Club Red

Dual Theater Live Music Venue in Mesa, Arizona

PROMOTING A NEW BAND

PROMOTING A NEW BAND


The hardest thing for a band to do is to build enough momentum to consistently bring a turnout of 100 or more at all your shows. And to pull that 100 fans in person, you may need to build a fan base of a thousand interested local fans.

Here are some suggestions that can help you build a better turnout for your next show…

1 RADIO – Always find a way to have a radio tie in, even if its just a pod cast. Pick out which radio station is most likely to play your music and go for it! Don’t forget college radio stations and internet radio station like Moonson Radio which plays local band music every week.

2 WEB – It’s important to have both a Facebook, Twitter, ReverbNation and a website. Even a simple web site that forwards hits directly to Facebook is a good idea if you don’t want the headache of maintaining both a web site and a Facebook. Make sure you contact all your Facebook friends often once you have a confirmed gig. Weekly reminders starting 6 weeks out followed by 2-3 reminders the week of the show is normal. Facebook Invites and Messages are a bit more work, but do much better at pulling turnout than bulletins or postings (which should be done too!). Please make sure that both your web site and your Facebook have updated information at all times!

3 PRESS – Start a list of local press contacts that write about music. You’d be amazed at how many times you can get a story placed just by emailing or calling the right person and pitching the story. Sometimes a simple press release is enough, other times you want to find a hook to make the story more interesting. Aim for both stories before the event and press attendance at the event. Building personal relationships with members of the local press is very good career strategy!

4 FAN BASE – The more personal your relationship with your fans, the more likely they are to come out to your shows. The ideal fan is someone who likes your music and likes your music. Treat your fans great and they will reward you by coming out to a lot of shows.

5 FLYER MARKETING – We believe that flyers or tickets personally handed during a face to face conversation with someone who likes your genre of music is the highest and best use of flyers and/or tickets. Dropping off the flyers at the local stores has to be done, but has the lowest return rate. Be creative about finding people who like your type of music. If you are a Jam Band, be meeting and greeting everyone you can at the next Dave Matthews concert. If you are an Alt Rock band, hit the Alt Rock show circuit and talk to everyone you can at those shows.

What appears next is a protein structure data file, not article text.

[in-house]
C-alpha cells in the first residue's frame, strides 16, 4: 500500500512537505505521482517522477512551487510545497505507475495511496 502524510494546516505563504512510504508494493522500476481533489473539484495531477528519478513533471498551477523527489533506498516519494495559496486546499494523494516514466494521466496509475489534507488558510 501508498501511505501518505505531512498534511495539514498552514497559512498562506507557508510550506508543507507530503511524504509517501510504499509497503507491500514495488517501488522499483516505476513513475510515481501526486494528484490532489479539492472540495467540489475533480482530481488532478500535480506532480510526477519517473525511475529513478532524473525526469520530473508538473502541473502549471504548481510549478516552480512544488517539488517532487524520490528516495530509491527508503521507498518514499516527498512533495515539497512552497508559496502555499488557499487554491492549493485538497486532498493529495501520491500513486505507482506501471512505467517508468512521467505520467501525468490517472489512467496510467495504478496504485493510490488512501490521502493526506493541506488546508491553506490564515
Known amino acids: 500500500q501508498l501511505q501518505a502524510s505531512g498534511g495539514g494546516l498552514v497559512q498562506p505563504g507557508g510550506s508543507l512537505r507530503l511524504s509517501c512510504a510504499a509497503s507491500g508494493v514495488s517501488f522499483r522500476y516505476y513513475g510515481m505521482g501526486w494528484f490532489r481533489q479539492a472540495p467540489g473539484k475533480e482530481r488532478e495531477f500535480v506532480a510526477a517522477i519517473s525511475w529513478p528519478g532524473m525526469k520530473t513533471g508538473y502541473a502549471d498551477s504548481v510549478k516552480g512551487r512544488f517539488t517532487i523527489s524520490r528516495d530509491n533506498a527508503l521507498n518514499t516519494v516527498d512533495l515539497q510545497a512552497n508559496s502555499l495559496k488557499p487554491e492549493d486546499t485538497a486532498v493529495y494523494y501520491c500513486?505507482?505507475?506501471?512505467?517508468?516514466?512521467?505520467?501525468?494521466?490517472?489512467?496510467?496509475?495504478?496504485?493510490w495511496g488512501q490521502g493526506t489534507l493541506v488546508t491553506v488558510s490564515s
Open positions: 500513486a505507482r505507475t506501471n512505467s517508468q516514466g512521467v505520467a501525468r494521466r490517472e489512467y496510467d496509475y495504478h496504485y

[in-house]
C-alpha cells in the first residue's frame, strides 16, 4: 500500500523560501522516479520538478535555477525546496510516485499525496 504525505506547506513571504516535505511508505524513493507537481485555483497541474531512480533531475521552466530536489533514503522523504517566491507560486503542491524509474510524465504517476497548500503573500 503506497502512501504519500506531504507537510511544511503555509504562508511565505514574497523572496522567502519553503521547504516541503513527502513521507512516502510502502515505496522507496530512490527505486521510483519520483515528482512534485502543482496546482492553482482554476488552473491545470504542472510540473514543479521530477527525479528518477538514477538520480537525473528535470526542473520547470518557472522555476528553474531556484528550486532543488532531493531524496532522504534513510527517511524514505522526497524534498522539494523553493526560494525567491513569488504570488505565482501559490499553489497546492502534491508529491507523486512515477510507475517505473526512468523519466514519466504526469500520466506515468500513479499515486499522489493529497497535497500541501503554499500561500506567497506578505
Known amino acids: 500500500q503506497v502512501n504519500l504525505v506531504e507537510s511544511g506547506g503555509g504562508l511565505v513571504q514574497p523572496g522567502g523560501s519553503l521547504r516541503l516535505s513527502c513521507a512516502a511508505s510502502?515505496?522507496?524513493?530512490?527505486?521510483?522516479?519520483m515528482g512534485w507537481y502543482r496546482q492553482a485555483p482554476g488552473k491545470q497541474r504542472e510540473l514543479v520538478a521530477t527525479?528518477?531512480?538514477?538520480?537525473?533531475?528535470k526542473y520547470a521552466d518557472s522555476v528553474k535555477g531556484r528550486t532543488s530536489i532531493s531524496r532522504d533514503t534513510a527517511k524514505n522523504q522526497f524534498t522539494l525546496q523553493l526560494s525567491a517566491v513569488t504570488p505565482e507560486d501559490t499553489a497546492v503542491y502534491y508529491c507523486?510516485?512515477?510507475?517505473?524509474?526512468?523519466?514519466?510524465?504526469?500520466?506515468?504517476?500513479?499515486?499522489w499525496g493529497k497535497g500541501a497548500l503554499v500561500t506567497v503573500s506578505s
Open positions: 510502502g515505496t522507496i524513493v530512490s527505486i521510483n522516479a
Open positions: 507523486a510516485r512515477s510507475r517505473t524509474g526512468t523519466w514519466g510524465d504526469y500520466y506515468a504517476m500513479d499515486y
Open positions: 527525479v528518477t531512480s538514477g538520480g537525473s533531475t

Remember that some venues do not allow flyering in the venue or in the parking lot. Some cities, such as Scottsdale, have anti-littering laws that you must follow when flyering. Follow the rules!

6 LIST MARKETING – Every show you hold, make sure to collect cell phone numbers and email addresses. You should be building a list of people every time you play out of fans who want to know when your next show is and want a text message, want an email with your upcoming show information. Building a database of known fans is one of the single most important things a band can do.

It’s also helpful to keep a projected attendance list based on RSVPs. Aim to convert possible attendees to confirmed attendees who have bought advance tickets. (Get early commitments like advance ticket sales) as often as possible, and don’t stop until you have doubled the capacity of the room. You should be able to name every single one of the persons that make up a capacity of the room if you’ve done your job. And the reason why we recommend that you aim for a confirmed attendance list of double the capacity is that about 50-70% of your list may not show, still leaving you with a full or near full room. And if they all show up, you’ll have a line out the door and really impress the venue owners and promoters!
It’s hard tedious work…growing your fan base and turning out your fan base show after show. But, there does come a point where you have built up enough fans (one at a time, with great music and hard marketing work) that your fan base reaches “critical mass” and suddenly your fan base can start exploding. Then you’re on your way to being another band that gets called an “overnight success” when you know damn well that it was a ton of hard work that built up that starter fan base that suddenly started growing like wildfire…

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